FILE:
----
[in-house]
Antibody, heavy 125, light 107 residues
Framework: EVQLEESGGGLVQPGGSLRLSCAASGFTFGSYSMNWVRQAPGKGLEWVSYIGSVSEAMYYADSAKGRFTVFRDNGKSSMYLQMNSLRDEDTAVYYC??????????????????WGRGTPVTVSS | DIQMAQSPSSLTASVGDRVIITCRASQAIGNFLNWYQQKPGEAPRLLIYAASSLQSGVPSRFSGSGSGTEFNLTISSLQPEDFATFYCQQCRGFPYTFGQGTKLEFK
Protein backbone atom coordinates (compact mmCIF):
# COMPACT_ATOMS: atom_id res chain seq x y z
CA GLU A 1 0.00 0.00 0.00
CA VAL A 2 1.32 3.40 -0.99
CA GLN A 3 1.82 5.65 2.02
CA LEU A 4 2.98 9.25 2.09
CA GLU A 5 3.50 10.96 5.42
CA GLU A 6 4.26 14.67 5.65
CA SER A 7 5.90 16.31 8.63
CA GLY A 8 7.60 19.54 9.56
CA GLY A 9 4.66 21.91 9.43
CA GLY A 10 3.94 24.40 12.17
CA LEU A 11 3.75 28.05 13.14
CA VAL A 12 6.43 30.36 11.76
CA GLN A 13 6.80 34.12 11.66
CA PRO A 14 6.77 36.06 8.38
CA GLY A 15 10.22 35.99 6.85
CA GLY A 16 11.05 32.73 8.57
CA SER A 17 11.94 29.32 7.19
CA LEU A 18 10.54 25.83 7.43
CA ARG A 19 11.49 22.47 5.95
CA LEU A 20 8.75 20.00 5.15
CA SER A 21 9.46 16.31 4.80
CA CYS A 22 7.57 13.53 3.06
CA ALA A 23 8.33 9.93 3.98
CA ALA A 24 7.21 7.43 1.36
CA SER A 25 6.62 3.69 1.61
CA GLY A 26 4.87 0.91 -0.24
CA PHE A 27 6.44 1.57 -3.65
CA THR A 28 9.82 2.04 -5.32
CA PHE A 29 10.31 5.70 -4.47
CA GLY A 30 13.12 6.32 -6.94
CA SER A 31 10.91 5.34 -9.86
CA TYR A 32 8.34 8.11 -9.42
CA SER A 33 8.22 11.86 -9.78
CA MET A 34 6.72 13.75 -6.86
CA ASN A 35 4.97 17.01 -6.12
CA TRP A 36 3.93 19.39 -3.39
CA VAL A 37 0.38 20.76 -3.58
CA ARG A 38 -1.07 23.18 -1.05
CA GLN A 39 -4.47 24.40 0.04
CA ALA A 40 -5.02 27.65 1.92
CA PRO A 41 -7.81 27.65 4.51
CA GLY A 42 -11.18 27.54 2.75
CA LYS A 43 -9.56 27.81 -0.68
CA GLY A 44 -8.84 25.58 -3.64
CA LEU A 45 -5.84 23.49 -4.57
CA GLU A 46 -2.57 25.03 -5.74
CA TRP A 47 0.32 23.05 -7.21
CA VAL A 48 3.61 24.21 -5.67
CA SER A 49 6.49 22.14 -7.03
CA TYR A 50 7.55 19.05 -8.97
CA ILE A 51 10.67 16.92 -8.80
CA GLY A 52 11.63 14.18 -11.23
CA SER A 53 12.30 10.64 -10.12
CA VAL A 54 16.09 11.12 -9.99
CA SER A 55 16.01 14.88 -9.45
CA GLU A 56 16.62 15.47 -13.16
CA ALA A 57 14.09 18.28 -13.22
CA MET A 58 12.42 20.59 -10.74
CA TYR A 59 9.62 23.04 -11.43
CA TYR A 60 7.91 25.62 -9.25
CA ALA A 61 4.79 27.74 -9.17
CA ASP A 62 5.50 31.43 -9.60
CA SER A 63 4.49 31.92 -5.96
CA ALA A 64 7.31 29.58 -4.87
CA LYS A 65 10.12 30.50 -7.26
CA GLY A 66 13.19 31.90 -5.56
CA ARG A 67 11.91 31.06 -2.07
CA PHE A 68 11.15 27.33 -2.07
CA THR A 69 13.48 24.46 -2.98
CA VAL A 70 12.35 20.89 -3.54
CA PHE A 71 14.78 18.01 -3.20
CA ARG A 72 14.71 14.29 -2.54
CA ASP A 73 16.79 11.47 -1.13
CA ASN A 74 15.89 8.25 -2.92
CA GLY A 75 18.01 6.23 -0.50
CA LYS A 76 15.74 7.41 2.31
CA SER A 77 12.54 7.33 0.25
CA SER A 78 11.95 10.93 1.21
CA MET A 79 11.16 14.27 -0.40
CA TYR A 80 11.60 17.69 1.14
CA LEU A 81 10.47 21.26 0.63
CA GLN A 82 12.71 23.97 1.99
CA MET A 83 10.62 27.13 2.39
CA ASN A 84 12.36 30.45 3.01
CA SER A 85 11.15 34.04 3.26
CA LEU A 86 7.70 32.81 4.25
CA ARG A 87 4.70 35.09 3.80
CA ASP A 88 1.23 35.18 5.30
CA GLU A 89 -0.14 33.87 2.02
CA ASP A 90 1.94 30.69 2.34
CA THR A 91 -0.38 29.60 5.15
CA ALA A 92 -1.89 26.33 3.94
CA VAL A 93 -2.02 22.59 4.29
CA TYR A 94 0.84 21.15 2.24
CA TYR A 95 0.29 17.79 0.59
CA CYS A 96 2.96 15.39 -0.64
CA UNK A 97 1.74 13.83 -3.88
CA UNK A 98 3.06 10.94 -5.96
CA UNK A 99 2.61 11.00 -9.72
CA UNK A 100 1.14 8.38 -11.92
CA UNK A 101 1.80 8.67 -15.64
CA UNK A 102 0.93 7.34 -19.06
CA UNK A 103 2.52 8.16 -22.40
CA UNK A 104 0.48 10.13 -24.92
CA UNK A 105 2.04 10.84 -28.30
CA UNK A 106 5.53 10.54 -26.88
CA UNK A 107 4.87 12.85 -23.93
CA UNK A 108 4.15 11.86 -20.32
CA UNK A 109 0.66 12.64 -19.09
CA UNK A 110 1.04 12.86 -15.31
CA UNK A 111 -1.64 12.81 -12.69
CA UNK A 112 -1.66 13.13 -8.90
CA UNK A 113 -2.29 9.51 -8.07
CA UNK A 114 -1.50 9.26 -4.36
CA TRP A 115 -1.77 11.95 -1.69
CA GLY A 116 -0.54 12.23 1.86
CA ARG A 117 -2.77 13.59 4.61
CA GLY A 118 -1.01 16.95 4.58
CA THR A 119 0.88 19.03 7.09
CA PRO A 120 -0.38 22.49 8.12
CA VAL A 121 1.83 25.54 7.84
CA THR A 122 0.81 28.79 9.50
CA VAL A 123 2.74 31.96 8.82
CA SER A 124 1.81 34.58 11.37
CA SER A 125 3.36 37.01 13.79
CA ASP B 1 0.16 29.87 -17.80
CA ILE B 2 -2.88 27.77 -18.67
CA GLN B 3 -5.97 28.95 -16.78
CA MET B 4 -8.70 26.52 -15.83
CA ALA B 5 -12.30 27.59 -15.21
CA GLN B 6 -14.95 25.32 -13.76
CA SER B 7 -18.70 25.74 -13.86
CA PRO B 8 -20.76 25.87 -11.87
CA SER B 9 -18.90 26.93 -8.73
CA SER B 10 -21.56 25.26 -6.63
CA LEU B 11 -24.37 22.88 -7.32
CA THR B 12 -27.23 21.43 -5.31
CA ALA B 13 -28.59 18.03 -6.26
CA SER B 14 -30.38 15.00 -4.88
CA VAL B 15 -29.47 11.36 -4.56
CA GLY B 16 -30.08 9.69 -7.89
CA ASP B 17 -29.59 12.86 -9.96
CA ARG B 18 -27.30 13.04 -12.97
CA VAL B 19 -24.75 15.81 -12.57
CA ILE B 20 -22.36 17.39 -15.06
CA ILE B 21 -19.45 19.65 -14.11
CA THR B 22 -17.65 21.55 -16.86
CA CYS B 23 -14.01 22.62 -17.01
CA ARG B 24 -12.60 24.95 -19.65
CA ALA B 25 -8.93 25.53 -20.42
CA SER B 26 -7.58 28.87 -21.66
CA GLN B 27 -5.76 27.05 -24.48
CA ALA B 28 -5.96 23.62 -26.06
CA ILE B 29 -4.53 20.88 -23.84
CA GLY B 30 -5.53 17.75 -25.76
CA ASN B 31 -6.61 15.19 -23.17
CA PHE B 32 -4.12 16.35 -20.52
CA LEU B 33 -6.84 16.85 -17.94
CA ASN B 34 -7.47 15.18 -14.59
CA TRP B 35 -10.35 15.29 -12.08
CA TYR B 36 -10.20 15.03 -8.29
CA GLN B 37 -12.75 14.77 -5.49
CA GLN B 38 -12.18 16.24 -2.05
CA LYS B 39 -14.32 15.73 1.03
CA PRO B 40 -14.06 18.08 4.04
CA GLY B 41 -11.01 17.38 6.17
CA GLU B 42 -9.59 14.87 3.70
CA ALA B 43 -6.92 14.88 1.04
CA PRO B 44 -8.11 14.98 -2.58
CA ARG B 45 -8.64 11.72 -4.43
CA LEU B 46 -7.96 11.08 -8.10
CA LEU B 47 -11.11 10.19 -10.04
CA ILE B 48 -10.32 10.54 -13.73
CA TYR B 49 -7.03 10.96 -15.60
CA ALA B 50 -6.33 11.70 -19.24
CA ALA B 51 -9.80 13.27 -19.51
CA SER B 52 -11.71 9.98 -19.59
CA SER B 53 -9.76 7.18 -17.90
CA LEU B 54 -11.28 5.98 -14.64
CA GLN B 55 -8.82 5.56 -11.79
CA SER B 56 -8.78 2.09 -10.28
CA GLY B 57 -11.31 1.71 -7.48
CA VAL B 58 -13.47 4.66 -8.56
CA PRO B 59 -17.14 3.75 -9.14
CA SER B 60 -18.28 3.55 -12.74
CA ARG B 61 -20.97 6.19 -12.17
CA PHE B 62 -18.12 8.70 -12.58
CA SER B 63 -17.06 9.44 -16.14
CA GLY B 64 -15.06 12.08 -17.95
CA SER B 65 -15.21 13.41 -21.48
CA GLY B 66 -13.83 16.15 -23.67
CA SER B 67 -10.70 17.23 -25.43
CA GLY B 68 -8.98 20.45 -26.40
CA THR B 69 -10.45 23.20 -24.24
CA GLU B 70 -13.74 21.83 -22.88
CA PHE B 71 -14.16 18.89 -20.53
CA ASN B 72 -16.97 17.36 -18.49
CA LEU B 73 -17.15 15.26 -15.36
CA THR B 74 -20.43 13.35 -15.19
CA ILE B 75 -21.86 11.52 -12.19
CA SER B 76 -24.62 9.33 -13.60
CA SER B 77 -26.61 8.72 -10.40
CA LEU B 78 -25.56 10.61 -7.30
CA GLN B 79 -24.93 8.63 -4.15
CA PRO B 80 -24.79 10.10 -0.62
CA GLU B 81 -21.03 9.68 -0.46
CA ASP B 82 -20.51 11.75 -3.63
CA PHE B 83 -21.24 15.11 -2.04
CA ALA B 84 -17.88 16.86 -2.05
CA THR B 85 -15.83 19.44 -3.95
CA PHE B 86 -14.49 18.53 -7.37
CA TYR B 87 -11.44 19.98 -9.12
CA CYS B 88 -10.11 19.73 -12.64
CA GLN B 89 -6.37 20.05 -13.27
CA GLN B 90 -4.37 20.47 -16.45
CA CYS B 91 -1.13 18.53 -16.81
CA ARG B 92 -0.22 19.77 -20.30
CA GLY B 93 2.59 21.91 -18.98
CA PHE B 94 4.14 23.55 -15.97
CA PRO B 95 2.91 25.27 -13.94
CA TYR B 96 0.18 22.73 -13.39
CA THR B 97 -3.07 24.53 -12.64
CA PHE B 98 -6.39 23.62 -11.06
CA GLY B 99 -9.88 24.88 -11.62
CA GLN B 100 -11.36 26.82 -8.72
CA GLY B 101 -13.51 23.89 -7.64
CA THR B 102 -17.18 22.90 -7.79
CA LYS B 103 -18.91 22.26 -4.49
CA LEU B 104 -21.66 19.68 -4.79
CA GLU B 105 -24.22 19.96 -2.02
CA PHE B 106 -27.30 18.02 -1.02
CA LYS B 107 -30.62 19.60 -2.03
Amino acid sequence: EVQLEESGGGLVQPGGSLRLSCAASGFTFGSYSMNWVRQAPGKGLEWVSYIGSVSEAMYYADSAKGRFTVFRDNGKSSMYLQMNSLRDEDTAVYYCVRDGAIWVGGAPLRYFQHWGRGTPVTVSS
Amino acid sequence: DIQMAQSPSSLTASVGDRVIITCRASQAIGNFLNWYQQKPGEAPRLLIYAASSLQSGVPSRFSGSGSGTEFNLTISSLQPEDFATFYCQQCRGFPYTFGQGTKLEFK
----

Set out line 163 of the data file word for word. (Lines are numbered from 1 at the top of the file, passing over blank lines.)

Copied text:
CA LEU B 33 -6.84 16.85 -17.94